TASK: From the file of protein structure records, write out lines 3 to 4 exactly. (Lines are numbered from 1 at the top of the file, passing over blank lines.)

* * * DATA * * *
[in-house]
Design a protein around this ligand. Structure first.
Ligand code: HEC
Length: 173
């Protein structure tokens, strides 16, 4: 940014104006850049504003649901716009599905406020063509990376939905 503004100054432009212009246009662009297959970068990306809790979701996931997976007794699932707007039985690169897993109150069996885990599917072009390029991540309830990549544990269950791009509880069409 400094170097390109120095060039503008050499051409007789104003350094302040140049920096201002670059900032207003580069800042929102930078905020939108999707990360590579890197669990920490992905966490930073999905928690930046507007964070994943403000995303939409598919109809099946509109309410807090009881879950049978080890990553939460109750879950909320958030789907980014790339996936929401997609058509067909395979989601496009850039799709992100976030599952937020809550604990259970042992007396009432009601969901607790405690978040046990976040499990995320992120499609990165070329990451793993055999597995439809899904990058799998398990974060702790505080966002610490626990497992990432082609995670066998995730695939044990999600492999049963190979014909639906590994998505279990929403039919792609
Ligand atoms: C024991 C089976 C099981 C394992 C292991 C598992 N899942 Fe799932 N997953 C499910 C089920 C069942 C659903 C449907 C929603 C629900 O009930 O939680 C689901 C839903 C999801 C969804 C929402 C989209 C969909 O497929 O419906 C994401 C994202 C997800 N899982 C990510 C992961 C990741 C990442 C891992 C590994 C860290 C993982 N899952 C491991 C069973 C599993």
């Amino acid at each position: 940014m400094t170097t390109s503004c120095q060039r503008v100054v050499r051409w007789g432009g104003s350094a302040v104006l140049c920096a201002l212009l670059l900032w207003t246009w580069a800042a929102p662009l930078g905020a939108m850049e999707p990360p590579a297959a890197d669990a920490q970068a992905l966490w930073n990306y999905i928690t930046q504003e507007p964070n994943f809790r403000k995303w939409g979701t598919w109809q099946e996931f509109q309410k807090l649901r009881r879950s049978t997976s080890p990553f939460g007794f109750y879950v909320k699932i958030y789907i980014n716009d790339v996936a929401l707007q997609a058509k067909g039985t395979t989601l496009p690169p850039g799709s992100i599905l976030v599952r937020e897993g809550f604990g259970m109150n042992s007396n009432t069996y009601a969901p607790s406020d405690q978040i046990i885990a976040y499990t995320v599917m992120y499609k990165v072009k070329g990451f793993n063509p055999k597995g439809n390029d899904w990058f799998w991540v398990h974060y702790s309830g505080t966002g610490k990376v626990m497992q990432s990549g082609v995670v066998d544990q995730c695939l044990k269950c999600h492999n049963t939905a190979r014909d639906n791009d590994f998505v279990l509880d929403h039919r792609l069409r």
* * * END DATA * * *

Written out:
Ligand code: HEC
Length: 173